The other group of people to whom the birth of baby Jesus was made known were some shepherds in the fields tending their sheep. “An angel of the Lord appeared to them, and the glory of the lord shone around them, and they were terrified. But the angel said to them, “Do not be afraid. I bring you good news of great joy that will be for all people. Today in the town of David a Saviour has been born to you, he is Christ the Lord. This will be the sign to you. You will find a baby wrapped in cloths and lying in a manger.” (Luke 2:10-11)  What is the importance of the shepherds in the story of the nativity? It is symbolic in two ways: Jesus Himself would be our Shepherd and it coincided with the time when they were harvesting the firstborns of the sheep which would be used for sacrifice. Jesus’ coming to the world was symbolic in that He would be offering Himself as the Lamb of God, the sacrificial Lamb that would take away the sins of the world.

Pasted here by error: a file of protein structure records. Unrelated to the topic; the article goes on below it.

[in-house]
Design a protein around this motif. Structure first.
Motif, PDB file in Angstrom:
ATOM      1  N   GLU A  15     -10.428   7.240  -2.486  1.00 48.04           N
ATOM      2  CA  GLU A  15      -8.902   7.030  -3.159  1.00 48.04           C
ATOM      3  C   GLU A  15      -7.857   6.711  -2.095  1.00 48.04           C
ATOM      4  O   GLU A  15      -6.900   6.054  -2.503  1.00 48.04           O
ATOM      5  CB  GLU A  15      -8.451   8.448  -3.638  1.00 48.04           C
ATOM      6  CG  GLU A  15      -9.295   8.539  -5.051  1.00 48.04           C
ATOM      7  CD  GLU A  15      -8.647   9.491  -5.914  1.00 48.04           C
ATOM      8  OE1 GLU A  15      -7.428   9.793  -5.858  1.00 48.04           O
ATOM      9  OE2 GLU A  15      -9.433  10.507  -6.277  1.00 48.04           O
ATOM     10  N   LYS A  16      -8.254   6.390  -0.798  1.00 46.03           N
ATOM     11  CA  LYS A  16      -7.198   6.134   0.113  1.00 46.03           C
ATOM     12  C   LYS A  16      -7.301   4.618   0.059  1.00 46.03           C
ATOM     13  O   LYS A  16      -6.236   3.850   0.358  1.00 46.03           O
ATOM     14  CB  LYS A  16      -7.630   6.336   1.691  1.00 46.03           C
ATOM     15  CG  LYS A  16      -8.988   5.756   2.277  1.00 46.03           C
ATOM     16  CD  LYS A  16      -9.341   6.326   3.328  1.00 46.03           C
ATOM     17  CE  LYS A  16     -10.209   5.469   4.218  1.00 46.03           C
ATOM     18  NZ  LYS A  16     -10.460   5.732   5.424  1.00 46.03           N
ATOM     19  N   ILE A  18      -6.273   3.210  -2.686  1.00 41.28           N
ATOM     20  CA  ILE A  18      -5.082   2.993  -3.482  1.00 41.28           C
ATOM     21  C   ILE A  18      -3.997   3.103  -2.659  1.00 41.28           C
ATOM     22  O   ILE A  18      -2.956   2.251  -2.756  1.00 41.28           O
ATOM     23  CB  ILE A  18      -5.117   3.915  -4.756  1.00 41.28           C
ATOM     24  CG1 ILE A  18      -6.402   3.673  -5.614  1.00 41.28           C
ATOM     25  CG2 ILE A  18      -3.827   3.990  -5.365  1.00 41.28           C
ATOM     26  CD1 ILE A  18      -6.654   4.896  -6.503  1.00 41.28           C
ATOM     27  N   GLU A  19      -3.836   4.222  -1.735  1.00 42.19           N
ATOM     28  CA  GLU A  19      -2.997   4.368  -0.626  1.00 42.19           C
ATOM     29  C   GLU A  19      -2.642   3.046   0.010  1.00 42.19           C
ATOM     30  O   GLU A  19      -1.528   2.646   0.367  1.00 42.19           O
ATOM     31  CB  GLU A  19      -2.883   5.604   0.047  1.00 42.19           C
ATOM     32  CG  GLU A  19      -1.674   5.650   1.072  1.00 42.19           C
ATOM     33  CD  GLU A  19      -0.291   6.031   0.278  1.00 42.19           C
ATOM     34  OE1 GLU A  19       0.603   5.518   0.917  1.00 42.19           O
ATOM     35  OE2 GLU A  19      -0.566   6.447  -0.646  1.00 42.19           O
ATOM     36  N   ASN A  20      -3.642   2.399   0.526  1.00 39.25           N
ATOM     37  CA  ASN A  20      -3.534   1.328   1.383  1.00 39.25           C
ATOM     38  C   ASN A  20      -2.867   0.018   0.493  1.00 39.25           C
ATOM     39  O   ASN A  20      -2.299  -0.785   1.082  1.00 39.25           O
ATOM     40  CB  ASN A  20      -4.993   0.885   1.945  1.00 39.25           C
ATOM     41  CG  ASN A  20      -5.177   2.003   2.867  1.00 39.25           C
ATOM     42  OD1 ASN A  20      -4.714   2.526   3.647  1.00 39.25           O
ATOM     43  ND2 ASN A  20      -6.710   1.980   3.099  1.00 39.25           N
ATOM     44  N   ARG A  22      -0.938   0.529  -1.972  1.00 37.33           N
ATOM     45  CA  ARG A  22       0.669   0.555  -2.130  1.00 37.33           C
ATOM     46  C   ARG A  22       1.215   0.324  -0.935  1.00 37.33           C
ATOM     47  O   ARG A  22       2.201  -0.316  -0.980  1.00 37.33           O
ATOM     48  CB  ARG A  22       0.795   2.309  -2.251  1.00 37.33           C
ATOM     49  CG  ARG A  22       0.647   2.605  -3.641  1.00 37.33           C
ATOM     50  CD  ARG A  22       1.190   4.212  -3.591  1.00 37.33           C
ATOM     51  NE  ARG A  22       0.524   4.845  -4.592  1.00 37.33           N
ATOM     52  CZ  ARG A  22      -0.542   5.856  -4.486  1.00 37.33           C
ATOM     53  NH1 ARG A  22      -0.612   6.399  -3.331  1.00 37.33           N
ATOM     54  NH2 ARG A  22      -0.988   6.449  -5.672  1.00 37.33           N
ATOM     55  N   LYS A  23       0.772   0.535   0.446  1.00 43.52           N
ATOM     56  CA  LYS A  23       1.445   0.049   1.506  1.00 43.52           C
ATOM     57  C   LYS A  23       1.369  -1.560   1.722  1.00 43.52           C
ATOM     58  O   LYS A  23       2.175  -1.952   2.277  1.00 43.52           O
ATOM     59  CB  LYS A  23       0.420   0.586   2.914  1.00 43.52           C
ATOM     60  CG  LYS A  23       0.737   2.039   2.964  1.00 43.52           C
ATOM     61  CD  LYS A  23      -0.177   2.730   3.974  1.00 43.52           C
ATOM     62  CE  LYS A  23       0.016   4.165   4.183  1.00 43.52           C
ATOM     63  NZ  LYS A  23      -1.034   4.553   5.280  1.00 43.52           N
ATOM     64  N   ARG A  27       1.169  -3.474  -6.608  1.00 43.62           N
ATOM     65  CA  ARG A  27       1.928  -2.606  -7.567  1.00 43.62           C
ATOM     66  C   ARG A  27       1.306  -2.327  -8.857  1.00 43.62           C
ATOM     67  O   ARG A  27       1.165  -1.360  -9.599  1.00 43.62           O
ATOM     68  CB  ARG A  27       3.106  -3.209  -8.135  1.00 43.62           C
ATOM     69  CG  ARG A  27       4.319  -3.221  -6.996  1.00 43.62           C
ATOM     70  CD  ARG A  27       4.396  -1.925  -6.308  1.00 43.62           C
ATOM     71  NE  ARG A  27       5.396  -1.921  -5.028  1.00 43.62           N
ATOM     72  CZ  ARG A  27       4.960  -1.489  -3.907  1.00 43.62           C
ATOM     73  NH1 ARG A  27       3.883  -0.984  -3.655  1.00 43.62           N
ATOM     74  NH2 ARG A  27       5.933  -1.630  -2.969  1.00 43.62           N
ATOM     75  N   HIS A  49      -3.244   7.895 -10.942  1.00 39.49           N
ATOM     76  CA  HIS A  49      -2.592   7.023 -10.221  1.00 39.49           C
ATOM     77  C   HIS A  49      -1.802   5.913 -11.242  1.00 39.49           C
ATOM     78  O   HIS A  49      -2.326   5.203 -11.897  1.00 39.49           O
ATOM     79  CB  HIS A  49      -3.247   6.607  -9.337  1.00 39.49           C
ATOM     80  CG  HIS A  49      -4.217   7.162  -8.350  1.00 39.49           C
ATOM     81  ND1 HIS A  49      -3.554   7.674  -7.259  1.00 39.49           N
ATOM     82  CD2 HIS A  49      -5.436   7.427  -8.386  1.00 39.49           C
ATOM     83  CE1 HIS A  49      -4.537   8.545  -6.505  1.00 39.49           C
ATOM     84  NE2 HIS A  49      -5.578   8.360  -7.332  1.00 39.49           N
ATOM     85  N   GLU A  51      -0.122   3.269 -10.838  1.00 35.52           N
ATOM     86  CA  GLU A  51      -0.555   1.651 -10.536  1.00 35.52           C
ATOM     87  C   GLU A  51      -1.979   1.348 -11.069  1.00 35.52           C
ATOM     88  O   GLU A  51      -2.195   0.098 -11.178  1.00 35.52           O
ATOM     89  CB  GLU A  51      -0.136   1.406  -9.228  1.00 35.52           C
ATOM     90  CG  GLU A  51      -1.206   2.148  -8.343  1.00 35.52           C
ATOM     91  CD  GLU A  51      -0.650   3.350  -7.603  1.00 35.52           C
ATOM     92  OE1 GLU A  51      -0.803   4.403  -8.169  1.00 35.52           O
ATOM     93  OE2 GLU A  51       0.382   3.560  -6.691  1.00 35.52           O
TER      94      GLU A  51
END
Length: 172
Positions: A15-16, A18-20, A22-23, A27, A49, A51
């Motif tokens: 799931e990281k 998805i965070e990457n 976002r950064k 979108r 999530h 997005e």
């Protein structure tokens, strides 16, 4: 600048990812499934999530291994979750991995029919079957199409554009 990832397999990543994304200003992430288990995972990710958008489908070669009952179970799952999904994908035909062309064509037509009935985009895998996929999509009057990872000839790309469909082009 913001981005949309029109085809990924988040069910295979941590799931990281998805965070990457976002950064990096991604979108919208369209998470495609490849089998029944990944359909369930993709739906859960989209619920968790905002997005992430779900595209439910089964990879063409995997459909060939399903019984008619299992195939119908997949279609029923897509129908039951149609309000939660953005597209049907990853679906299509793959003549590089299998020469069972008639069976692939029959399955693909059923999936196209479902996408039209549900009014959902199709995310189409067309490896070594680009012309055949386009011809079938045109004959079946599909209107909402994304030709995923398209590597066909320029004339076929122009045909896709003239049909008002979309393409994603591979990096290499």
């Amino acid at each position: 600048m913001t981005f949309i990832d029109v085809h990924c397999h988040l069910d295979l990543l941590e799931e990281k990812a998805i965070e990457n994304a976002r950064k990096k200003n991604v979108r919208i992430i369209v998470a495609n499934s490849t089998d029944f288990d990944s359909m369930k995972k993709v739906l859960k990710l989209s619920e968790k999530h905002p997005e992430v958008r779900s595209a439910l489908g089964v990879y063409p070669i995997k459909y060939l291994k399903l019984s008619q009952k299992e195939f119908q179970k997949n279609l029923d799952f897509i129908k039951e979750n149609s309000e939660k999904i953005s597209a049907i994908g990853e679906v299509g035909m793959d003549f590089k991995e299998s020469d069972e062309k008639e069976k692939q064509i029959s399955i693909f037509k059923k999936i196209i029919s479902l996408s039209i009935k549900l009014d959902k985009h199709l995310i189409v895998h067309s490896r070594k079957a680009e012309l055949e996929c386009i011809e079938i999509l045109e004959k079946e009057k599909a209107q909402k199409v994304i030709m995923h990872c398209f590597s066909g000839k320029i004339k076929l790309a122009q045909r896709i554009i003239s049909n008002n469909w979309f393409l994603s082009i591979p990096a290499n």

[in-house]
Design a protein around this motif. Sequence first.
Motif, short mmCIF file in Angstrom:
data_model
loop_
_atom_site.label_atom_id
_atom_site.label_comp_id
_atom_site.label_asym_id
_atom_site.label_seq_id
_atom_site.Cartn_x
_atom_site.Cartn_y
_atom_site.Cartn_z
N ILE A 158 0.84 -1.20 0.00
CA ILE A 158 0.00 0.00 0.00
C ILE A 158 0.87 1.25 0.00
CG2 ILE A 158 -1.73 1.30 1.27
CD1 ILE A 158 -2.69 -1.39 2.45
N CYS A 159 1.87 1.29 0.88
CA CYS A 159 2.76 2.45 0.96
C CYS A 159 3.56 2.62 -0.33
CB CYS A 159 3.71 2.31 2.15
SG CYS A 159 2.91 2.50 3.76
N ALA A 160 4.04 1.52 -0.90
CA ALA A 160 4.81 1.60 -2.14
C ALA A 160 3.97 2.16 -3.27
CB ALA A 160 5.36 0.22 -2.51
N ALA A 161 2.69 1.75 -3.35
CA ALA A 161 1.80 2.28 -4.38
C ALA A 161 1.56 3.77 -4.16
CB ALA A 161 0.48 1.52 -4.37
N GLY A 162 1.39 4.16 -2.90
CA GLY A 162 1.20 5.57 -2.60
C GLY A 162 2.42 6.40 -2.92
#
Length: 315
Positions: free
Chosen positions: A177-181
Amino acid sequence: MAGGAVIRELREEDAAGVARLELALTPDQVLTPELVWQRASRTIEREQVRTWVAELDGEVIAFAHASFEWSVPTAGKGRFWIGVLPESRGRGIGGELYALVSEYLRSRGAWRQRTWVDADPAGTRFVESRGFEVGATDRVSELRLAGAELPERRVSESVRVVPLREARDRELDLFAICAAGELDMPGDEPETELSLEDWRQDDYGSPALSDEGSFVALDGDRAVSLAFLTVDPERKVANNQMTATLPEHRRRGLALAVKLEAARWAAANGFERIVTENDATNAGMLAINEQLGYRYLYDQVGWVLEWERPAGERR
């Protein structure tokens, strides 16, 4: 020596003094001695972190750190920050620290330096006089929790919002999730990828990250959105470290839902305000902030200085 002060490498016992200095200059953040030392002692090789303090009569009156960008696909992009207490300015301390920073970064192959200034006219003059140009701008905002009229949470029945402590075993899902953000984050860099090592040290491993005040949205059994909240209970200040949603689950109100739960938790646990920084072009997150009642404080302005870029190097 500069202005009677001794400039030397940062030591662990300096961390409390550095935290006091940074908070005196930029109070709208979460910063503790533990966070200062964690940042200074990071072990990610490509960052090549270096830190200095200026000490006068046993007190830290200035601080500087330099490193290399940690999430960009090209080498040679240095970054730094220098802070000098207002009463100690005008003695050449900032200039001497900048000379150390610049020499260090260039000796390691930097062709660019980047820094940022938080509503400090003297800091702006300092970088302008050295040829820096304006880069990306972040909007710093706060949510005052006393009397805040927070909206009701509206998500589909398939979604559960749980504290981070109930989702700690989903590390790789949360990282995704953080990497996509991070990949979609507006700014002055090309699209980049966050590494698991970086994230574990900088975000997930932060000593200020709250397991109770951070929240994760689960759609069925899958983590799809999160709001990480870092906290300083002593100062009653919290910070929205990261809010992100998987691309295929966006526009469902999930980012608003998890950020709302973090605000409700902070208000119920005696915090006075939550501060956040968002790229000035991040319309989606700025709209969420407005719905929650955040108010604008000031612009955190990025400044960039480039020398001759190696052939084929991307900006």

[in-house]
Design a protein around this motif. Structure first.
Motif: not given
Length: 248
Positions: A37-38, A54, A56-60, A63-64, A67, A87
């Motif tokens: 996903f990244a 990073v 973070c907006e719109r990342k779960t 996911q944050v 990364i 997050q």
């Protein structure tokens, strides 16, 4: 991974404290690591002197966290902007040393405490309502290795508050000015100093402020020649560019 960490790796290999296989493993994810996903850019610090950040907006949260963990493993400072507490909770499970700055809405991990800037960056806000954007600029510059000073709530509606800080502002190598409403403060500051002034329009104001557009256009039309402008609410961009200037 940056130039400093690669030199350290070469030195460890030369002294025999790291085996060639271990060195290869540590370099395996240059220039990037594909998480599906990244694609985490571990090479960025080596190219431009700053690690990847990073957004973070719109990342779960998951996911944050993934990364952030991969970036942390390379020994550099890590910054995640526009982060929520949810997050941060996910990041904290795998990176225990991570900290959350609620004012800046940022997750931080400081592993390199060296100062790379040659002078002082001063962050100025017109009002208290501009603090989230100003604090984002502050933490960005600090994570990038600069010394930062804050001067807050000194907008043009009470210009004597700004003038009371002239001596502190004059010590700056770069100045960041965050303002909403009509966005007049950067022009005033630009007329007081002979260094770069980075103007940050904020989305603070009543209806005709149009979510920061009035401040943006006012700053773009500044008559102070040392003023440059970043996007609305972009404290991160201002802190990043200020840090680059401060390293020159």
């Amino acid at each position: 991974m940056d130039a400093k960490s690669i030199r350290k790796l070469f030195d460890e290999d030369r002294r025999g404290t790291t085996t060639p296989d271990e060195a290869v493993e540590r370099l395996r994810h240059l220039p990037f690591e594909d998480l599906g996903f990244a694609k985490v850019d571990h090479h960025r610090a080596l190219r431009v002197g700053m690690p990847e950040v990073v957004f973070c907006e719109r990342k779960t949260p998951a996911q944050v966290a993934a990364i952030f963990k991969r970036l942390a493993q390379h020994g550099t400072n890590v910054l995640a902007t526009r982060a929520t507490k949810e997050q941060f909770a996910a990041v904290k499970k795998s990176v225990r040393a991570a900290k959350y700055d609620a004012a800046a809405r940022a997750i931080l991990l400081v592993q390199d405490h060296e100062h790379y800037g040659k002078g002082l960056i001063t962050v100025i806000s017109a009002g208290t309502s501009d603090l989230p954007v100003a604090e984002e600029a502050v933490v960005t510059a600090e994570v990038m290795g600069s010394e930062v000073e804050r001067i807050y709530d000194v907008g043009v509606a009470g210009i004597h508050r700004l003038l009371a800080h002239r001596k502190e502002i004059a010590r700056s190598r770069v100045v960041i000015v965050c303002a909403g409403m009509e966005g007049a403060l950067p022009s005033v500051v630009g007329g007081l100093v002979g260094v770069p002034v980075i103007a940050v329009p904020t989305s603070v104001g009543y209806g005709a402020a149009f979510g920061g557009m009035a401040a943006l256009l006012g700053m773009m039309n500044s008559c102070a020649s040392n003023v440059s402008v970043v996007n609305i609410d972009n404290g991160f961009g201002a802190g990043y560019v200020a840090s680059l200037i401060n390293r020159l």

The Magi, who came from the east, followed the star to Israel but did not know that it would be Bethlehem. They were certain that the star announced the birth of a king, so naturally they landed at Herod the king’s palace – this brought about a new twist to the account. King Herod was disturbed hearing about another king in his sphere of influence. And though he pretended to welcome the news, he sought ways to get rid of the child.